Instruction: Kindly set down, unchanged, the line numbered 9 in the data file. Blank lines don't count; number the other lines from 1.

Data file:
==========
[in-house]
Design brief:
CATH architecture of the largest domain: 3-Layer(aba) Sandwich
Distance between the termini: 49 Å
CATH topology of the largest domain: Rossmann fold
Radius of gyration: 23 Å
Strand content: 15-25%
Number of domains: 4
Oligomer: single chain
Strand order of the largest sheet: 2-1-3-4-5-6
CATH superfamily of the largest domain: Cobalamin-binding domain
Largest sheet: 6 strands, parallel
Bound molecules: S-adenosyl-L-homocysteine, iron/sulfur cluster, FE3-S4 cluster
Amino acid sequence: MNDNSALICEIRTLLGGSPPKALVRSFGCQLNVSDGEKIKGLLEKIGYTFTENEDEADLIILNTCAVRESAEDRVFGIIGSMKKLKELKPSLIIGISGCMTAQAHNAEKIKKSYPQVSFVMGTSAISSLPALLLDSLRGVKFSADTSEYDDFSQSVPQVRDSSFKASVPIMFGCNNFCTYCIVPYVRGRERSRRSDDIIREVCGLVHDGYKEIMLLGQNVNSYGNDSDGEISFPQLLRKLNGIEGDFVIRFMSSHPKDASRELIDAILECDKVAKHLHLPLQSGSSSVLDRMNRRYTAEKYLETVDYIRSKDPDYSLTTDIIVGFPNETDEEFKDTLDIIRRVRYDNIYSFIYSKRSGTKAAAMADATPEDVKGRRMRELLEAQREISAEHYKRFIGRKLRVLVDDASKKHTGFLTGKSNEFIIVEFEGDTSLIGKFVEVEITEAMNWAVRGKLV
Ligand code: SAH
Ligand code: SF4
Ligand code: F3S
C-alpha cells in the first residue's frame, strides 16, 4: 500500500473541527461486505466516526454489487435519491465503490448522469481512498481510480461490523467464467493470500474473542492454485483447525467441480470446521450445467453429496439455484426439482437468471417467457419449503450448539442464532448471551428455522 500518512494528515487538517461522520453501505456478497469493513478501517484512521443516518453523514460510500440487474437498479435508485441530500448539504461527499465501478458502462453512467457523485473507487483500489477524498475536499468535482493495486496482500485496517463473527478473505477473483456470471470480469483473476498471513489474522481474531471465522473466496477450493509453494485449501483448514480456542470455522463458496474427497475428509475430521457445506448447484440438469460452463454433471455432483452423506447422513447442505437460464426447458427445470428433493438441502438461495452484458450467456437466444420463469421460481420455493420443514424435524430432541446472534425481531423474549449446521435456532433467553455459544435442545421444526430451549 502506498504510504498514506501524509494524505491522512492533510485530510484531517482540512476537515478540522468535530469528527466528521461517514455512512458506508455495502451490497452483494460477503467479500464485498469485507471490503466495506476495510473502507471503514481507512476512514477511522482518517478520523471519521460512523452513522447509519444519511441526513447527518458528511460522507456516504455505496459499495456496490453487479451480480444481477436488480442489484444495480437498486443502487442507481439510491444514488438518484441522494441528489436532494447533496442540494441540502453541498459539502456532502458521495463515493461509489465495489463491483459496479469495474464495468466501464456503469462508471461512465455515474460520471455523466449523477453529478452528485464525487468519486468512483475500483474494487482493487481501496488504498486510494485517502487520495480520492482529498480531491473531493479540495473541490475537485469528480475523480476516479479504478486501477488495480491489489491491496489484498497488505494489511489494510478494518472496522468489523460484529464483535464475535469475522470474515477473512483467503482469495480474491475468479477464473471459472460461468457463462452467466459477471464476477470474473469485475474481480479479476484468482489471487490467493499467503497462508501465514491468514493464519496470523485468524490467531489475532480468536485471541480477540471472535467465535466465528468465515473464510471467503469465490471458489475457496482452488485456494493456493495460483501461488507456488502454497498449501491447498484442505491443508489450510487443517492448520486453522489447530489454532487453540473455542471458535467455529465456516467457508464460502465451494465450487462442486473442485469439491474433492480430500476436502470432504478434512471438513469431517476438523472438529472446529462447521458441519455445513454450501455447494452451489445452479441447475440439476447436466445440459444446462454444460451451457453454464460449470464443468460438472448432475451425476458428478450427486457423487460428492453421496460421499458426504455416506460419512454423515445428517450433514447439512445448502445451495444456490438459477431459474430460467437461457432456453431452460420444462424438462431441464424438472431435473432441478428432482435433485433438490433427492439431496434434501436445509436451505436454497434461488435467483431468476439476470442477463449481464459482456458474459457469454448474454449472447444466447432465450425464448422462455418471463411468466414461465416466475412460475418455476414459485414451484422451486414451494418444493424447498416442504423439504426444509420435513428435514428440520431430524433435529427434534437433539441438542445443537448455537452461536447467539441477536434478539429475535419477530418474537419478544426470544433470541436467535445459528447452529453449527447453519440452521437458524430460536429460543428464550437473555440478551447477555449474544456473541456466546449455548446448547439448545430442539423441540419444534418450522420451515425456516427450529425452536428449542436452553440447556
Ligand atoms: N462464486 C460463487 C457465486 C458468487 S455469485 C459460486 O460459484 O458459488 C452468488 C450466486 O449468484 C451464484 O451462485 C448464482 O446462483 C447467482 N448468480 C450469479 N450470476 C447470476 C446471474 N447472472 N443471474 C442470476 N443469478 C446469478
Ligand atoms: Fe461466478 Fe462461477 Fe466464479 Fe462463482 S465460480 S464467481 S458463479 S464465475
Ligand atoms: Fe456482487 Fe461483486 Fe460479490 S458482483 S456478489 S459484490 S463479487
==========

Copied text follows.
Oligomer: single chain